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Volume 38 - Issue 1 - June 2013
Livinus U. Uko and Jennifer L. Sinclair
De La Loubère's method is the most popular rule used to generate magic squares. In this paper we derive a simple formula for the method that is much easier to use and to code than the traditional rule. We also show that the arrays generated from our formula are magic squares, thereby providing a proof of De La Loubère's method.
S. P. Glasby
There is a unique path from the root of a tree to any other vertex. Every vertex, except the root, has a parent: the adjoining vertex on this unique path. This is the conventional definition of the parent vertex. For complete binary trees, however, we show that it is useful to define another parent vertex, called a distant parent. The study of distant parents leads to novel connections with dyadic rational numbers. Moreover, we apply the concepts of close and distant parent vertices to deduce an apparently new sense in which continued fractions are 'best' rational approximations.
Thomas J. Osler
Vieta's product for 2pi has factors that are nested radicals. The Wallis product for 2pi has factors that are rational numbers. Brouncker gave continued fractions for 4pi. By summarizing some recently published results in this expository paper, we show that these seemingly unrelated results are connected. We give a general formula in which the products of Vieta and Wallis are special cases. We give another general formula of which the results of Brouncker and Wallis are special cases. Both formulas allow us to 'morph' from one result to the other.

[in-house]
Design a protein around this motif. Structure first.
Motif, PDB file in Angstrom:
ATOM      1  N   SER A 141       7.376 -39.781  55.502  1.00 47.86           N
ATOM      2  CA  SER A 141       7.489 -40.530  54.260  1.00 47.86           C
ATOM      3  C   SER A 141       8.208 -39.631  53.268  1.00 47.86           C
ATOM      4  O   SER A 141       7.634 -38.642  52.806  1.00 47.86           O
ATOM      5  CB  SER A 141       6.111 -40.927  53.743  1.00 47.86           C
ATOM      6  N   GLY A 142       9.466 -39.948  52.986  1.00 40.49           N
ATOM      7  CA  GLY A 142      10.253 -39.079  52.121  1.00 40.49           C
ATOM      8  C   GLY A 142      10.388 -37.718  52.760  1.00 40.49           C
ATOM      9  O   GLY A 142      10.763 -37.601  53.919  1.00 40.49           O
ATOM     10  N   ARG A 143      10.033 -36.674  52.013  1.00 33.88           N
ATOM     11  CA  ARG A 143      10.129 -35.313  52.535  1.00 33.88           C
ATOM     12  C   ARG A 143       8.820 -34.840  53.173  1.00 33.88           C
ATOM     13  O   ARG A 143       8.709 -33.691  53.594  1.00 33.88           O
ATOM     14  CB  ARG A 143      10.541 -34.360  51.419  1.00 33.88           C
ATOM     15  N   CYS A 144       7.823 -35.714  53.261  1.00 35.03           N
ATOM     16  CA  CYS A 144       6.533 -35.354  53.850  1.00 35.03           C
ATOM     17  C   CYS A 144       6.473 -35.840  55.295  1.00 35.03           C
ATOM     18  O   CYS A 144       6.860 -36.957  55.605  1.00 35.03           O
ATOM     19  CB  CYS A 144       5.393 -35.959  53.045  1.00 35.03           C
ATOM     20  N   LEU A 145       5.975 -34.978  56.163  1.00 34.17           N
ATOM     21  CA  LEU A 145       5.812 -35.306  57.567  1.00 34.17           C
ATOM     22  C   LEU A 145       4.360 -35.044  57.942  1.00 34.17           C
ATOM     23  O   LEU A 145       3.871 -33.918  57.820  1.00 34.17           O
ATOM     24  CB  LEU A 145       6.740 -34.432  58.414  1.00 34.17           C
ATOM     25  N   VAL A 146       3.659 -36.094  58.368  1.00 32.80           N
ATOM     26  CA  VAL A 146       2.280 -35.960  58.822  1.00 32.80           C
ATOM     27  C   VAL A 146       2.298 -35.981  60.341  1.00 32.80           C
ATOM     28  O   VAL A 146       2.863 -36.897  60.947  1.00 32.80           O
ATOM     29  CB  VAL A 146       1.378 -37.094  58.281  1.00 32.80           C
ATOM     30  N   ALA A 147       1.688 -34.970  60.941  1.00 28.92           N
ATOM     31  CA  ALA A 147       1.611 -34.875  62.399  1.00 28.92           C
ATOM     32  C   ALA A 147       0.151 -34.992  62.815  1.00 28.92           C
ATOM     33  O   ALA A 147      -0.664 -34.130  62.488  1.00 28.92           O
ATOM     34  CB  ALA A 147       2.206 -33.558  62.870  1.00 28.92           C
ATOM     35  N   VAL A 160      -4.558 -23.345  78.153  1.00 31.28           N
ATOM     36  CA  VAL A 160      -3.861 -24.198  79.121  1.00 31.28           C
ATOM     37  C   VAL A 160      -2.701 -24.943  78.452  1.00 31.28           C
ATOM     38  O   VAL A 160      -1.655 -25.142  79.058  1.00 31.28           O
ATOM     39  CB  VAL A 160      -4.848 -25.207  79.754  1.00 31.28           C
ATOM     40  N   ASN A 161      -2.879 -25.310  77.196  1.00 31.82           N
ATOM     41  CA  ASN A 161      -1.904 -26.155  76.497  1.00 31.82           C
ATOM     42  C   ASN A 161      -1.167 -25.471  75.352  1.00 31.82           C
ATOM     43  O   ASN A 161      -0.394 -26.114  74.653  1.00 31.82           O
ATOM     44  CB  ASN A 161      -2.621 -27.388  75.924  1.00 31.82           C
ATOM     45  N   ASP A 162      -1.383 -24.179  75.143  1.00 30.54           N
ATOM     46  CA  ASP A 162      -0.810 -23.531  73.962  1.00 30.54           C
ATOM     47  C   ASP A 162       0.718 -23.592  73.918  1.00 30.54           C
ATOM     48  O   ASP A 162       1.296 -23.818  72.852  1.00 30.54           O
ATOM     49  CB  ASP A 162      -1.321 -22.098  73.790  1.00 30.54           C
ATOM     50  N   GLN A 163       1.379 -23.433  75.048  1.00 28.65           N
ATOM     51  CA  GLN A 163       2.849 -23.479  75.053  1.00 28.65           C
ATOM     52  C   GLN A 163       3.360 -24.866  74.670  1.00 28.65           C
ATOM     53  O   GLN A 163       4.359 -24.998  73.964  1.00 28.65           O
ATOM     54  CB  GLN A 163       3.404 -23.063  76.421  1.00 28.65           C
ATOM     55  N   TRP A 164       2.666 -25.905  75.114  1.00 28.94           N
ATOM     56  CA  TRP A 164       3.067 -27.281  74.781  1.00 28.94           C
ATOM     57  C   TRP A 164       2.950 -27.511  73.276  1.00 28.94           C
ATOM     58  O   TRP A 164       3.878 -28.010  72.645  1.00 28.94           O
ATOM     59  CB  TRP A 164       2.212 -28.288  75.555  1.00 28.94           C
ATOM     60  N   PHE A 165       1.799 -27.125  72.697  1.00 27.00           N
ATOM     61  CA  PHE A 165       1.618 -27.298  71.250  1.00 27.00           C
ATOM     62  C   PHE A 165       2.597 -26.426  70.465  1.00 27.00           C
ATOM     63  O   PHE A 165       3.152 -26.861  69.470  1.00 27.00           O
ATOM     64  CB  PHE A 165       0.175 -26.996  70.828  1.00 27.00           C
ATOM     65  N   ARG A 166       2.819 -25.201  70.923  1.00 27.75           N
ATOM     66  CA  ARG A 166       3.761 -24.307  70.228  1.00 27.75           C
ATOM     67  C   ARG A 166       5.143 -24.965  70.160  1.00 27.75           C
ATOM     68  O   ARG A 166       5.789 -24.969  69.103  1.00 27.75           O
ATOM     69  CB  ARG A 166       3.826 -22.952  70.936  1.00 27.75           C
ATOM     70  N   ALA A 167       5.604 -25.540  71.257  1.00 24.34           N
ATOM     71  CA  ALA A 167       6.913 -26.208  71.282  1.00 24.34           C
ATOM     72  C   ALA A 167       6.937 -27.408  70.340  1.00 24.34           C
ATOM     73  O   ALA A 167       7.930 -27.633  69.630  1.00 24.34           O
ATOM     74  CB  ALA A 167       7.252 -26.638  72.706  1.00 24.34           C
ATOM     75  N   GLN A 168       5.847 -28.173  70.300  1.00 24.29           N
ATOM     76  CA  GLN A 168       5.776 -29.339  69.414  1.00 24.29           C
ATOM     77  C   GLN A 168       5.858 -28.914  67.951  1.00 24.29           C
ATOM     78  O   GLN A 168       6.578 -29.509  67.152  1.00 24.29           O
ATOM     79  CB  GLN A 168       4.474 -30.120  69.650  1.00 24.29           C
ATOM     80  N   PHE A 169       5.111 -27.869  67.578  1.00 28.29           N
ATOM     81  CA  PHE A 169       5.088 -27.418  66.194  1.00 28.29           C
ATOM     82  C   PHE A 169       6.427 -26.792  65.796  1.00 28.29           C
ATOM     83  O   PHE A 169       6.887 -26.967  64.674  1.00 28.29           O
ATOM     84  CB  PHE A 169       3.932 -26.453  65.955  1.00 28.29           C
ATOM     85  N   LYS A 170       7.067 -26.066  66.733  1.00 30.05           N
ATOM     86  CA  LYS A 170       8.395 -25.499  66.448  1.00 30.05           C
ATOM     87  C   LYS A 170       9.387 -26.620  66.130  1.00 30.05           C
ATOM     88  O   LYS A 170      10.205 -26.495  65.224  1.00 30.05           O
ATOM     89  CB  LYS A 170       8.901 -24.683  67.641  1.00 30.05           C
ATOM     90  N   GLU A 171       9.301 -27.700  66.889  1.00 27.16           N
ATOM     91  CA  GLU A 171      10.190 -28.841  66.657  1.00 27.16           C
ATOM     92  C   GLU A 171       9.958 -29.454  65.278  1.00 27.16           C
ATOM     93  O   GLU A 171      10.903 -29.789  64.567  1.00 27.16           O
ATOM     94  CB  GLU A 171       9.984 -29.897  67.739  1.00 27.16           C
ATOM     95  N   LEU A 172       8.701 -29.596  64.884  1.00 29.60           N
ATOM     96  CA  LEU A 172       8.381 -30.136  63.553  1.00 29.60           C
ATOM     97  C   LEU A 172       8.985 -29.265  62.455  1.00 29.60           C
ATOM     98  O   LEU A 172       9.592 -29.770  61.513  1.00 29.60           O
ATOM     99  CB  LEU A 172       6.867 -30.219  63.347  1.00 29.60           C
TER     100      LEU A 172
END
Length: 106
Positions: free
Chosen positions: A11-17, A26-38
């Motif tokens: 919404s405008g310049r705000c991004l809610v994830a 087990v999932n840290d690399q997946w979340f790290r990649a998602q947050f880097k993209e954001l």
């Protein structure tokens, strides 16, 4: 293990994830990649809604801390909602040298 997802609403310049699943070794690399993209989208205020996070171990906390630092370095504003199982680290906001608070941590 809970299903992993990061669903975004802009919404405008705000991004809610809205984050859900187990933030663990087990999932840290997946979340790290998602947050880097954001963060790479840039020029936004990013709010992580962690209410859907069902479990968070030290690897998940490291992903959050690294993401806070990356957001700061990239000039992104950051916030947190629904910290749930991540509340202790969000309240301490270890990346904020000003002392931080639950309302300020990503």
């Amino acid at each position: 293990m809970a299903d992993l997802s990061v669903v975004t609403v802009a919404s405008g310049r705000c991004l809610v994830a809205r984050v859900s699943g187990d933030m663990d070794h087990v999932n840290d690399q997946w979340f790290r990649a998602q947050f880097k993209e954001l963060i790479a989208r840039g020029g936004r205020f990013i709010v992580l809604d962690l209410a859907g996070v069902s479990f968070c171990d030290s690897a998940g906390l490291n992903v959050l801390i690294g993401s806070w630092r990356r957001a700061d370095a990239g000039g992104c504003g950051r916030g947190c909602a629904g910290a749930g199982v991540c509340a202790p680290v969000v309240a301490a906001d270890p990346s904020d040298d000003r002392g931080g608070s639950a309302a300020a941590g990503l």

In this paper we consider the group-theoretic aspects of a certain type of unseeded single-elimination knockout tournament. The fact that the initial number of participants is not restricted to be of the form 2k means that there is the potential for some players to be given byes in the first round. Such tournaments turn out to exhibit a wonderfully rich structure, allowing us to place a number of abstract notions within a concrete setting.
Benn Robertson, Thomas Fung and Neville Weber
Best and Gipps (1974) showed that the negative binomial distribution can be approximated closely by a gamma distribution. Using the moment estimators for the parameters in the gamma distribution, we use the approach of Best and Gipps to propose an alternative estimator for the shape parameter alpha which, while biased, appears to perform better in many situations, both in terms of mean square error and percentile measure, than its key competitor, namely the method of moments estimator.
Marlena Herman and Paul J. Laumakis
The purpose of this paper is to illustrate both the power and utility of mathematics in helping people devise savings plans for retirement. In addition to demonstrating how spreadsheets can be useful in retirement planning, the development of an analytical model based on discrete dynamical systems is provided. A discussion of the fundamentals of mutual funds investing is also included, along with a list of retirement investing planning resources.
Joe Gani and Linda Stals
We consider a Leslie-type matrix approach to an SIR epidemic in discrete time. We give examples of the population of susceptibles, infectives, and removals for different birth rates and two different infection rates. Finally, when the infection rate depends on the number of infectives, we derive conditions for a steady state.